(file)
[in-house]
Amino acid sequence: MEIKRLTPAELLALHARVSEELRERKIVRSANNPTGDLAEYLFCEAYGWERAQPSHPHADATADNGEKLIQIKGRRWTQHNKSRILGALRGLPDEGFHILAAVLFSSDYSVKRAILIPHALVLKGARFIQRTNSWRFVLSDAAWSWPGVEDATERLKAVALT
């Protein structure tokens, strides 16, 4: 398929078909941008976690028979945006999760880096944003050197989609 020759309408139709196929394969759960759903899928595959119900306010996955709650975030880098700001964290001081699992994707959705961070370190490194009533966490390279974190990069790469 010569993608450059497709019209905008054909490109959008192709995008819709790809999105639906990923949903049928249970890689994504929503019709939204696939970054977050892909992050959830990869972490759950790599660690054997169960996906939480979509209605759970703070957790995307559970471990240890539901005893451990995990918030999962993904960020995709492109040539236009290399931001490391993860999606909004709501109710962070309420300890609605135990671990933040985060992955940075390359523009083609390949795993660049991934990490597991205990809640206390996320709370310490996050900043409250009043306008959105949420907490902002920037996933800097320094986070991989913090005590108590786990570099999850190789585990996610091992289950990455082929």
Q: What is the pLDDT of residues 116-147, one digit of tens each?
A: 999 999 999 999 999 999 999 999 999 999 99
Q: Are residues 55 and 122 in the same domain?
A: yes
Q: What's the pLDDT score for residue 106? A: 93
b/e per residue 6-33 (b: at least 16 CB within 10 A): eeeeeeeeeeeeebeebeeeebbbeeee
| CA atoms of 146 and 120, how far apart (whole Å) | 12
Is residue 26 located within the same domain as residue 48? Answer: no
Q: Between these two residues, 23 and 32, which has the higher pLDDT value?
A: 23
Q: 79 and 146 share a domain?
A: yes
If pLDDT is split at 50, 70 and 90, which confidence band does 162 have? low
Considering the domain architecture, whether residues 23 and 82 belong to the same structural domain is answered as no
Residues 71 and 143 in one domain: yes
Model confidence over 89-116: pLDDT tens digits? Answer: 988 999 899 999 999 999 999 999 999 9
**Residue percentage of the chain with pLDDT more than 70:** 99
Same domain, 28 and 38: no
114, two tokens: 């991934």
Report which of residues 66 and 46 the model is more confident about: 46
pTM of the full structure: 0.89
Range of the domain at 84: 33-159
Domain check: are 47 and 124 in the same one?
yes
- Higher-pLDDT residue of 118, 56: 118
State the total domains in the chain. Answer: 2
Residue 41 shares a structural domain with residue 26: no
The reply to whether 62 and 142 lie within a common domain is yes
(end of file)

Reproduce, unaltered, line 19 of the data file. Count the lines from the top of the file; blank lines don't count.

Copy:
Model confidence over 89-116: pLDDT tens digits? Answer: 988 999 899 999 999 999 999 999 999 9